After a bite and a drink at a local pub (side note: I am getting very, very accustomed to being able to pop into pubs throughout the day. They are incredibly cozy and charming. I wish we had more of them in the Bay!) we went to check out the British Museum. Like most museums in London it’s free, which explains the large crowds we saw. My recommendation would be to get there early, maybe you’ll avoid the crazy afternoon rush. I don’t know whether it was having to fight our way through families and large tour groups or being intimidated by the size of the museum and the collection it housed, that made us want to leave shortly after entering. We walked around a couple of rooms, including the sections on Egypt and North America, and after a brief study of the Rosetta Stone made our way out.

We had plans to enjoy some afternoon tea at a place near Kensington Palace, but unfortunately it closed before we got there (around 5 PM). High tea shall have to wait until we’re next in London (we’re going to try to make it out for tea in between our trips to Scotland and Ireland). After coming back to the hostel, changing, and relaxing a bit, we all went back out for dinner at a cute Italian restaurant located half a mile from where we were staying. Tummies full, our friends walked us back before heading home themselves.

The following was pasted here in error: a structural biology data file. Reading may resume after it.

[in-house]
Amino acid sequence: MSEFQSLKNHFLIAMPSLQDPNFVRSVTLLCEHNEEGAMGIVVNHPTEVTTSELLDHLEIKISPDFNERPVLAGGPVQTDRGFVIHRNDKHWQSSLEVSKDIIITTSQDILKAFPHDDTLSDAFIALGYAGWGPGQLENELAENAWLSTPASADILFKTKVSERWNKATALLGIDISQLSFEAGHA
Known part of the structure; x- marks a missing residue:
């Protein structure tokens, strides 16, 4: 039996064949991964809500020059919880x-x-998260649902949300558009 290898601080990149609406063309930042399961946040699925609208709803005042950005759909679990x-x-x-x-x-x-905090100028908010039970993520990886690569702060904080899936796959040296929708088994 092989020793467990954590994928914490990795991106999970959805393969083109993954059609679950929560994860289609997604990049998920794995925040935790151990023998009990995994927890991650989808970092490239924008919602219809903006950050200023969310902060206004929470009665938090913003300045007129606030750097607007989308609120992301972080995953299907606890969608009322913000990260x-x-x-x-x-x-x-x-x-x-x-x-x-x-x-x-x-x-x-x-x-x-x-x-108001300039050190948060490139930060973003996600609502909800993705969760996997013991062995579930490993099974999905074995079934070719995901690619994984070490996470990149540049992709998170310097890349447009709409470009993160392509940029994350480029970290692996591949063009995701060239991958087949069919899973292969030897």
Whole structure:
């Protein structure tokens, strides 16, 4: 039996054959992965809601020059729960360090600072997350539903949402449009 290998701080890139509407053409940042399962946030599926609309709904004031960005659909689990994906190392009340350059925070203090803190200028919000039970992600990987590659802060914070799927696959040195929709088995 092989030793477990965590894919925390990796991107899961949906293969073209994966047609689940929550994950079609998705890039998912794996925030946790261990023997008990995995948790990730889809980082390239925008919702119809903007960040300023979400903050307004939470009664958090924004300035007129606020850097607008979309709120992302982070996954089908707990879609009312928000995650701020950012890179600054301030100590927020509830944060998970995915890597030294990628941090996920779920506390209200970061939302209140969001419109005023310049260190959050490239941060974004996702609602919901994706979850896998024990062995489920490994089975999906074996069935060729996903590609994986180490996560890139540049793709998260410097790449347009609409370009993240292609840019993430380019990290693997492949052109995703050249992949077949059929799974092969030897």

Days Seven through Twenty:

Plans for the next two weeks include traveling to the English countryside (this weekend our uncle will be showing us around Oxford, Cotswold and Bath), taking the train to Scotland (to see Edinburgh and Glasgow), and flying to Ireland (to see Dublin and Galway). We’ll still have a couple more days in London between these trips, so if you’re reading this and have any suggestions or recommendations for fun activities, please let me know!

Until then, cheerio! :D